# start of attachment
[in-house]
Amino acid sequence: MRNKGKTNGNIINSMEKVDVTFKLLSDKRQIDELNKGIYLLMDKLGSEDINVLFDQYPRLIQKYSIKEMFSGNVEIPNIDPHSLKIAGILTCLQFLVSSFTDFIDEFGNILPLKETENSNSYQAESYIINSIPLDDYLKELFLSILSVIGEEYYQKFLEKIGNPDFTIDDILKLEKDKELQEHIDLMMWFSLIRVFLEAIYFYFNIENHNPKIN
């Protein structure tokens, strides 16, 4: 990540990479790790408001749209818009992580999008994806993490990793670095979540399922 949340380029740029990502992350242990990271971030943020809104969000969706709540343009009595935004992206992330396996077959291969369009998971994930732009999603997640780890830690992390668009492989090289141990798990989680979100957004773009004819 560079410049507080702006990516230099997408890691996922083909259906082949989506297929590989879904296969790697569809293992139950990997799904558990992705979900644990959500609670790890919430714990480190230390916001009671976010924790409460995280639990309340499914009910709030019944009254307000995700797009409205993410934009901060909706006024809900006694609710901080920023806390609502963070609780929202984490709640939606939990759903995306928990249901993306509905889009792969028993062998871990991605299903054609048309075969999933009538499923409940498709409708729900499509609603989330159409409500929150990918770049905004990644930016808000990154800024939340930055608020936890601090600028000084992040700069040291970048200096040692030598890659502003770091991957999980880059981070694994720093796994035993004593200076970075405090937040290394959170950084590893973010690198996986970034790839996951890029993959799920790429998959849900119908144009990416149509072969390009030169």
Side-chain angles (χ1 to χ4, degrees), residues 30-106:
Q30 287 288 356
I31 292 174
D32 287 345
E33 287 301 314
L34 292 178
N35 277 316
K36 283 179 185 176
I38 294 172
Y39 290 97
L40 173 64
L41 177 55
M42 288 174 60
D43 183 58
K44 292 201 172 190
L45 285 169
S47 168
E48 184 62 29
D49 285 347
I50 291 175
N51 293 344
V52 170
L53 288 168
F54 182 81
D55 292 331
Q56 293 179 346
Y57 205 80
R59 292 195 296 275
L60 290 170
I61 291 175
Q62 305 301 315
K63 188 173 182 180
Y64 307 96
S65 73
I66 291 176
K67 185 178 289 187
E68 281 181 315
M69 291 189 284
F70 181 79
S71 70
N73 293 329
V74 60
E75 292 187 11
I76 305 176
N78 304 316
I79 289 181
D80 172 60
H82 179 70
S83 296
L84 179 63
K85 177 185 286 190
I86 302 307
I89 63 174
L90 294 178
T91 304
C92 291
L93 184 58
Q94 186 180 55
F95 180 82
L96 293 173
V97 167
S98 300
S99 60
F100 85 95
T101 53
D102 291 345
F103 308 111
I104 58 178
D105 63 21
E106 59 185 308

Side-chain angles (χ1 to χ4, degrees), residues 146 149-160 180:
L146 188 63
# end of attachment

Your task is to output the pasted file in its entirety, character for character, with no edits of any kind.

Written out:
[in-house]
Amino acid sequence: MRNKGKTNGNIINSMEKVDVTFKLLSDKRQIDELNKGIYLLMDKLGSEDINVLFDQYPRLIQKYSIKEMFSGNVEIPNIDPHSLKIAGILTCLQFLVSSFTDFIDEFGNILPLKETENSNSYQAESYIINSIPLDDYLKELFLSILSVIGEEYYQKFLEKIGNPDFTIDDILKLEKDKELQEHIDLMMWFSLIRVFLEAIYFYFNIENHNPKIN
């Protein structure tokens, strides 16, 4: 990540990479790790408001749209818009992580999008994806993490990793670095979540399922 949340380029740029990502992350242990990271971030943020809104969000969706709540343009009595935004992206992330396996077959291969369009998971994930732009999603997640780890830690992390668009492989090289141990798990989680979100957004773009004819 560079410049507080702006990516230099997408890691996922083909259906082949989506297929590989879904296969790697569809293992139950990997799904558990992705979900644990959500609670790890919430714990480190230390916001009671976010924790409460995280639990309340499914009910709030019944009254307000995700797009409205993410934009901060909706006024809900006694609710901080920023806390609502963070609780929202984490709640939606939990759903995306928990249901993306509905889009792969028993062998871990991605299903054609048309075969999933009538499923409940498709409708729900499509609603989330159409409500929150990918770049905004990644930016808000990154800024939340930055608020936890601090600028000084992040700069040291970048200096040692030598890659502003770091991957999980880059981070694994720093796994035993004593200076970075405090937040290394959170950084590893973010690198996986970034790839996951890029993959799920790429998959849900119908144009990416149509072969390009030169």
Side-chain angles (χ1 to χ4, degrees), residues 30-106:
Q30 287 288 356
I31 292 174
D32 287 345
E33 287 301 314
L34 292 178
N35 277 316
K36 283 179 185 176
I38 294 172
Y39 290 97
L40 173 64
L41 177 55
M42 288 174 60
D43 183 58
K44 292 201 172 190
L45 285 169
S47 168
E48 184 62 29
D49 285 347
I50 291 175
N51 293 344
V52 170
L53 288 168
F54 182 81
D55 292 331
Q56 293 179 346
Y57 205 80
R59 292 195 296 275
L60 290 170
I61 291 175
Q62 305 301 315
K63 188 173 182 180
Y64 307 96
S65 73
I66 291 176
K67 185 178 289 187
E68 281 181 315
M69 291 189 284
F70 181 79
S71 70
N73 293 329
V74 60
E75 292 187 11
I76 305 176
N78 304 316
I79 289 181
D80 172 60
H82 179 70
S83 296
L84 179 63
K85 177 185 286 190
I86 302 307
I89 63 174
L90 294 178
T91 304
C92 291
L93 184 58
Q94 186 180 55
F95 180 82
L96 293 173
V97 167
S98 300
S99 60
F100 85 95
T101 53
D102 291 345
F103 308 111
I104 58 178
D105 63 21
E106 59 185 308

Side-chain angles (χ1 to χ4, degrees), residues 146 149-160 180:
L146 188 63